Her friends saw her philosophy as "her brand of mystical romanticism." It sounds like her friends were as two-faced and mean as it's possible to be, bar acts of stabbing and theft.
She was a longtime friend of Lytton Strachey, who, while working on the production of his manuscript for Eminent Victorians, wrote about the process:
"All sorts of tiresome details and minor crises," which could describe working in a news office some days.
Ottoline's on-again off-again sweetheart Bertrand Russell was in the streets of London when the end of World War I was announced. There was widespread jubilation. He wrote, "I saw a man and a woman, complete strangers to each other, meet in the middle of the road and kiss as they passed."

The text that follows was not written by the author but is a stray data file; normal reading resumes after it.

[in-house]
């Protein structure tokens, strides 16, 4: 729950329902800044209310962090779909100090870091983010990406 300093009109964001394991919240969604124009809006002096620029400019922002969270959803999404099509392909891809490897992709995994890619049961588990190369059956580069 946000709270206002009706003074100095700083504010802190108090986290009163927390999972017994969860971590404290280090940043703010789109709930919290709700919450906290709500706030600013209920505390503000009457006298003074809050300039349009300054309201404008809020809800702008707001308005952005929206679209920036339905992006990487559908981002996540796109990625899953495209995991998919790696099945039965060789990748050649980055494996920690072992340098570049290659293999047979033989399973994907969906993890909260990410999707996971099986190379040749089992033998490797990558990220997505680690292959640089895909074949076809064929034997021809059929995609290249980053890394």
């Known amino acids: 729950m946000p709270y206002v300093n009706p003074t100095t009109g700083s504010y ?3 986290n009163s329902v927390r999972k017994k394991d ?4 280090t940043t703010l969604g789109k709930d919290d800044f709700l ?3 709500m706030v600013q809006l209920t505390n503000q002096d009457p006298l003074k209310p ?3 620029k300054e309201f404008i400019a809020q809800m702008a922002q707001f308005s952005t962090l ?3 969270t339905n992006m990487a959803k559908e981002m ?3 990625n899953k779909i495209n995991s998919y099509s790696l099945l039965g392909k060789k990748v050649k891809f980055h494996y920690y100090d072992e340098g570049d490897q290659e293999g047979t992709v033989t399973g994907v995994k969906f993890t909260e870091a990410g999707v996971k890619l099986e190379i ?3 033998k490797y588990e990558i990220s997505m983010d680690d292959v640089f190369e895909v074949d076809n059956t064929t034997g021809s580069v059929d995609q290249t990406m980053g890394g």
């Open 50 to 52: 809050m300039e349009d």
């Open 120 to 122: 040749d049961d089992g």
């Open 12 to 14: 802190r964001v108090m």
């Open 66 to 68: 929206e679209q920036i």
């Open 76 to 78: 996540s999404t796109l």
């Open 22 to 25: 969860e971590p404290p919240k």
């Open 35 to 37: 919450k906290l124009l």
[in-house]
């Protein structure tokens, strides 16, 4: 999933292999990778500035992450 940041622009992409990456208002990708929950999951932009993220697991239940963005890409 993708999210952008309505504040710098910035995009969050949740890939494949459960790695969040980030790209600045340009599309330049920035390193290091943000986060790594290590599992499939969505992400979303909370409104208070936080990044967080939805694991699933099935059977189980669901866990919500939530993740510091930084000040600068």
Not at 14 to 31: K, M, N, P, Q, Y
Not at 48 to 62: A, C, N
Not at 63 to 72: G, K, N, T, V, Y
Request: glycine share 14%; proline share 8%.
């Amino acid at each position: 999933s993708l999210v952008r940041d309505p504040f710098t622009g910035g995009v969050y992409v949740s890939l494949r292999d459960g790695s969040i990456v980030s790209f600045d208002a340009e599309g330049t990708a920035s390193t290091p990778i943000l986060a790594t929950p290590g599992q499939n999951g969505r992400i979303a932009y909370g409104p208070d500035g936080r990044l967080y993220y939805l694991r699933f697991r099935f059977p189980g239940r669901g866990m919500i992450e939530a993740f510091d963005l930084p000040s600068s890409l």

|Zinnias and coneflowers brought inside before they could freeze.|
|At Garsington Manor near Oxford; painting of flowers over mantel by Duncan Grant|